The Field Autopsy report does not say whether the deceased was evaluated by a registered nurse for the DARP program when they arrived on campus. There was a 4-hour gap between the last contact between the manager of the DARP program and the client. As for Dr. Nedley, he wasn’t on campus. According to our sources, he was attending a Weimar University staff retreat a hundred miles away.
According to several sources on the university campus, no one from the university administration publicly discussed the death on campus. The year before, students had requested counseling services be available to anyone on the university campus. In an ironic twist, even though the world’s “best holistic” Depression and Anxiety program was on campus, those services were still not in place when this death occurred. A layperson insisted that the girls be offered professional counseling to help them cope with their traumatic experience. Eventually, somebody provided the girls with professional counseling.
A campus-wide email whose subject was “with sadness” informed everyone about the death. The email attempts to avoid addressing why the “guest” was on campus in the first place and which entity, whether DARP or Weimar University, is legally liable should a wrongful-death lawsuit be filed. California law allows the aggrieved family or estate to recover damages for wrongful death. And while the Nedley DARP program could argue that they were between sessions, the responsibility for the standard of care still rests with the program.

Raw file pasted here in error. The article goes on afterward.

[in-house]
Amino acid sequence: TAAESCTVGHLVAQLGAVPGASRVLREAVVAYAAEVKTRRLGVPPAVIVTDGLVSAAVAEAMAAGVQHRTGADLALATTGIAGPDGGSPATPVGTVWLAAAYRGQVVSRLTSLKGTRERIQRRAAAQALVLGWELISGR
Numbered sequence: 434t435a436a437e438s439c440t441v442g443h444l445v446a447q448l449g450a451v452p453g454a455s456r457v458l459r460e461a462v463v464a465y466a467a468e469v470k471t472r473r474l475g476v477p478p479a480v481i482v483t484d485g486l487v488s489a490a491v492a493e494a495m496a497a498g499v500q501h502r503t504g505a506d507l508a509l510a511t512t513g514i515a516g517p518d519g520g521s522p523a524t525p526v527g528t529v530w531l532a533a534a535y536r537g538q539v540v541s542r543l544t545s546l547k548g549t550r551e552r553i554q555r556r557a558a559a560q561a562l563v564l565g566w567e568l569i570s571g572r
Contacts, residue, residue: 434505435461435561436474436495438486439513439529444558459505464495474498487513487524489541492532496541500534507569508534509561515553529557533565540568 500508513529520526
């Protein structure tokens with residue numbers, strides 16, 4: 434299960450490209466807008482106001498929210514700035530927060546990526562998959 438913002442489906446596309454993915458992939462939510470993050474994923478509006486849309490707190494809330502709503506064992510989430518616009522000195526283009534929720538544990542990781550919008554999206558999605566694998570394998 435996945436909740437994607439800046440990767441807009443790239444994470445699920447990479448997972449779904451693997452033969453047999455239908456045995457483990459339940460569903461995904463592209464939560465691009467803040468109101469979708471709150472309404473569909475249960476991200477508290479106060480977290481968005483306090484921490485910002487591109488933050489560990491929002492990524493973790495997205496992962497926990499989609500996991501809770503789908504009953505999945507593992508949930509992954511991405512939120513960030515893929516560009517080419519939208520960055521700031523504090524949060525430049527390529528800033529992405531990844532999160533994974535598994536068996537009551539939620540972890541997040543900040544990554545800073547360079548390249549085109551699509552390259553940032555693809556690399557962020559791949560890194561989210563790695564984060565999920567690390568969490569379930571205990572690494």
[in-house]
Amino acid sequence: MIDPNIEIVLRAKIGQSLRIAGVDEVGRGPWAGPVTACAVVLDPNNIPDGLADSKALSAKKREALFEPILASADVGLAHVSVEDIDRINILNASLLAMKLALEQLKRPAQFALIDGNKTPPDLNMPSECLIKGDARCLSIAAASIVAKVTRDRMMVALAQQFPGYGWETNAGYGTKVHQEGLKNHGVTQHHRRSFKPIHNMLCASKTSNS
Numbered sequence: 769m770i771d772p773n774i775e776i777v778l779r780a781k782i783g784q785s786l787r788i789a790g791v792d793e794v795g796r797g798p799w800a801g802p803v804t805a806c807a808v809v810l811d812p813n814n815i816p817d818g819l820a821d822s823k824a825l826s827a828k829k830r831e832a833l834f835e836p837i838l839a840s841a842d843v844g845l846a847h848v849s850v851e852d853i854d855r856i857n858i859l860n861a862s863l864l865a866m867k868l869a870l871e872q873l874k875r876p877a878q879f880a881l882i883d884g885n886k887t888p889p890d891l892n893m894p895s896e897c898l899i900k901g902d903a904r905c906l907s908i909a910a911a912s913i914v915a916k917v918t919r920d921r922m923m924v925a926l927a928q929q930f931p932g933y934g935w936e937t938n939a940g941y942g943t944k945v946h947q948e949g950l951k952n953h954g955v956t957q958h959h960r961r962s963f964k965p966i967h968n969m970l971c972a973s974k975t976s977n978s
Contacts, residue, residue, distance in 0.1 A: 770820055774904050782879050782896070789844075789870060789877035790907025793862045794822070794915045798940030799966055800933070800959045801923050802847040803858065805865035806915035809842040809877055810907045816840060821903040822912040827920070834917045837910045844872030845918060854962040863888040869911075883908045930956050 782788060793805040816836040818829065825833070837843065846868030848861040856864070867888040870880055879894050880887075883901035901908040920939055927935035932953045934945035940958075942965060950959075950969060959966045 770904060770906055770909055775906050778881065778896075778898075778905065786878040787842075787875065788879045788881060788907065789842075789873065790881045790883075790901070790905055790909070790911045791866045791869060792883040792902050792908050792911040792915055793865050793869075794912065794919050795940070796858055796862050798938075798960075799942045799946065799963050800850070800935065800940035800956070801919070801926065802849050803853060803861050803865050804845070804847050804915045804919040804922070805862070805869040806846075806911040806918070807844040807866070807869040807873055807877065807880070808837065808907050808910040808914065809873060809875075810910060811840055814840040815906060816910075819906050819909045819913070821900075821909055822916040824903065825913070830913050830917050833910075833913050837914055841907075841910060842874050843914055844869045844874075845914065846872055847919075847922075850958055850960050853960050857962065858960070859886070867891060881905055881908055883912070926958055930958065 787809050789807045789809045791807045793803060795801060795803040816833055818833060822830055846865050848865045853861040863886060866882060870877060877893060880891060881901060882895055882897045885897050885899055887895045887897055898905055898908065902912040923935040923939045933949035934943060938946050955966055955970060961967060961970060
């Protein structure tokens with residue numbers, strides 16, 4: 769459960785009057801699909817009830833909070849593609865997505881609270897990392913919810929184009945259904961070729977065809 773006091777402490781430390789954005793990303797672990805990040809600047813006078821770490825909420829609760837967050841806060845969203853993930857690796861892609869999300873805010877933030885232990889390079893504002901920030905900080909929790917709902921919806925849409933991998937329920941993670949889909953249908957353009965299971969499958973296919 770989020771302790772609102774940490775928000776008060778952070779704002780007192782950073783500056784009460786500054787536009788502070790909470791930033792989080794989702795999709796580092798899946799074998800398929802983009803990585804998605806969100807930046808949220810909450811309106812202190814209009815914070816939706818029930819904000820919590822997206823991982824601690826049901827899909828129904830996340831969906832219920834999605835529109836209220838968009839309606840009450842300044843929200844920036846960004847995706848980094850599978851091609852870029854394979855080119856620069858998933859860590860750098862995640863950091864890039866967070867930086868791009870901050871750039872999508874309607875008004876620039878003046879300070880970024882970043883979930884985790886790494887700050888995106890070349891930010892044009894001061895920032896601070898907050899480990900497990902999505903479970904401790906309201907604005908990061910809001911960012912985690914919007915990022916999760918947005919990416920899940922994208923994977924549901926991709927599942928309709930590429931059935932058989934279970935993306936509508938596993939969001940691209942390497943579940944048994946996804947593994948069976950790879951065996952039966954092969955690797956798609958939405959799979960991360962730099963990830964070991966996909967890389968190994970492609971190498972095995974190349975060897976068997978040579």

Putting it another way, the third question is, if a lawsuit were to be filed, would Dr. Nedley choose to make the University or his for-profit program liable for the death? And even if there were no lawsuits in this case, where does the University’s liability end and DARP’s begin?
Conflicts of Interest
Sources near the administration have shared examples of Dr. Nedley’s conflicts of interest in running his for-profit Nedley Clinic (DBA Nedley Health Solutions) and the non-profit academic institution on the same campus. We list several of these conflicts here. Taken together, they paint a picture of why the Weimar University board may want to reconsider their arrangement with the President of their University.
A. Depression Recovery Program